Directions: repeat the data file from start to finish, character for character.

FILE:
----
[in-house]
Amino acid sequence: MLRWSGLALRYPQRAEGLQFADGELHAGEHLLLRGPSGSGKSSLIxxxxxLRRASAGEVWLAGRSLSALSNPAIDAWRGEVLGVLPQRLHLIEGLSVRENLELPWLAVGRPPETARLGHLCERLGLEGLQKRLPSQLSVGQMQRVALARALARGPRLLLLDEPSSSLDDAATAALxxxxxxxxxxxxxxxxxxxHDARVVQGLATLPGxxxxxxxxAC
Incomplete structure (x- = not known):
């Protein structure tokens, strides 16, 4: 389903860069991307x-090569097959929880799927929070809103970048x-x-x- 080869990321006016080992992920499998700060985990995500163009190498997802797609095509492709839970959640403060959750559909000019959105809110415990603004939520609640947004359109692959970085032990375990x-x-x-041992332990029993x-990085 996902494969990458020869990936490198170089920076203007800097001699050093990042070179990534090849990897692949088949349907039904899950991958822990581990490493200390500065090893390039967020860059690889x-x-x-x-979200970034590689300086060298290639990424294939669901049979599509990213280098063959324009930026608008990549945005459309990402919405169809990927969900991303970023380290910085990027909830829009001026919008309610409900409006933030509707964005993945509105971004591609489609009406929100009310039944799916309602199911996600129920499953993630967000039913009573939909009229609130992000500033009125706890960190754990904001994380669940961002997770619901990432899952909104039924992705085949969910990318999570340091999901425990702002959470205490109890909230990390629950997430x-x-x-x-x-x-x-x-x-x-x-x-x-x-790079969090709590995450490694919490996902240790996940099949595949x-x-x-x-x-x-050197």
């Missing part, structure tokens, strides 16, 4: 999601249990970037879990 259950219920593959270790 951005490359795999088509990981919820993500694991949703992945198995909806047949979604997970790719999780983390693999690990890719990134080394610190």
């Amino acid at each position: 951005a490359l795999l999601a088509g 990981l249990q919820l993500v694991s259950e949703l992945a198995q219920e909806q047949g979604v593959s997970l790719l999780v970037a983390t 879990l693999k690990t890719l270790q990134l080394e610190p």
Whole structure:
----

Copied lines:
[in-house]
Amino acid sequence: MLRWSGLALRYPQRAEGLQFADGELHAGEHLLLRGPSGSGKSSLIxxxxxLRRASAGEVWLAGRSLSALSNPAIDAWRGEVLGVLPQRLHLIEGLSVRENLELPWLAVGRPPETARLGHLCERLGLEGLQKRLPSQLSVGQMQRVALARALARGPRLLLLDEPSSSLDDAATAALxxxxxxxxxxxxxxxxxxxHDARVVQGLATLPGxxxxxxxxAC
Incomplete structure (x- = not known):
């Protein structure tokens, strides 16, 4: 389903860069991307x-090569097959929880799927929070809103970048x-x-x- 080869990321006016080992992920499998700060985990995500163009190498997802797609095509492709839970959640403060959750559909000019959105809110415990603004939520609640947004359109692959970085032990375990x-x-x-041992332990029993x-990085 996902494969990458020869990936490198170089920076203007800097001699050093990042070179990534090849990897692949088949349907039904899950991958822990581990490493200390500065090893390039967020860059690889x-x-x-x-979200970034590689300086060298290639990424294939669901049979599509990213280098063959324009930026608008990549945005459309990402919405169809990927969900991303970023380290910085990027909830829009001026919008309610409900409006933030509707964005993945509105971004591609489609009406929100009310039944799916309602199911996600129920499953993630967000039913009573939909009229609130992000500033009125706890960190754990904001994380669940961002997770619901990432899952909104039924992705085949969910990318999570340091999901425990702002959470205490109890909230990390629950997430x-x-x-x-x-x-x-x-x-x-x-x-x-x-790079969090709590995450490694919490996902240790996940099949595949x-x-x-x-x-x-050197």
């Missing part, structure tokens, strides 16, 4: 999601249990970037879990 259950219920593959270790 951005490359795999088509990981919820993500694991949703992945198995909806047949979604997970790719999780983390693999690990890719990134080394610190």
């Amino acid at each position: 951005a490359l795999l999601a088509g 990981l249990q919820l993500v694991s259950e949703l992945a198995q219920e909806q047949g979604v593959s997970l790719l999780v970037a983390t 879990l693999k690990t890719l270790q990134l080394e610190p």
Whole structure: